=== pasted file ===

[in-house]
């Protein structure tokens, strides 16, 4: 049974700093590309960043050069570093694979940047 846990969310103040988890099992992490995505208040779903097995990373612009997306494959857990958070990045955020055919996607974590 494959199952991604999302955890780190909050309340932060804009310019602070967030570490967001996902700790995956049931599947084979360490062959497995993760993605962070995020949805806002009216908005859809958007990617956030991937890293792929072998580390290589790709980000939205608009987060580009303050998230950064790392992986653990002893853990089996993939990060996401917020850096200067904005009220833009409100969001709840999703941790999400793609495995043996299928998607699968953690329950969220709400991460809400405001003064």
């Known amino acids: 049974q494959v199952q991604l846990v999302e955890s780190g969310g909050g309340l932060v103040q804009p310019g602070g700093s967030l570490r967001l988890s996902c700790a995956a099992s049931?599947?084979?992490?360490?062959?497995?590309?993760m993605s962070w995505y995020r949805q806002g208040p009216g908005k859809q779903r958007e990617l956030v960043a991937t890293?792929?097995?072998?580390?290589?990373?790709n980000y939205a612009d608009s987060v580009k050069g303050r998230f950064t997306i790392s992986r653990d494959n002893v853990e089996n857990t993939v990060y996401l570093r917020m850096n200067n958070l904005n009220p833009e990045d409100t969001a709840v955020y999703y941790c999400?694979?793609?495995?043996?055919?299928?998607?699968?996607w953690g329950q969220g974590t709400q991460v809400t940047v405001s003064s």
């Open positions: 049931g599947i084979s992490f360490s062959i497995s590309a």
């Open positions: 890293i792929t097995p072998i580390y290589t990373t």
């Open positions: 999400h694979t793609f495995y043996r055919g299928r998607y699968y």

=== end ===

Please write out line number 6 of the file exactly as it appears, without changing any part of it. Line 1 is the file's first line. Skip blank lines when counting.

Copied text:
């Open positions: 999400h694979t793609f495995y043996r055919g299928r998607y699968y």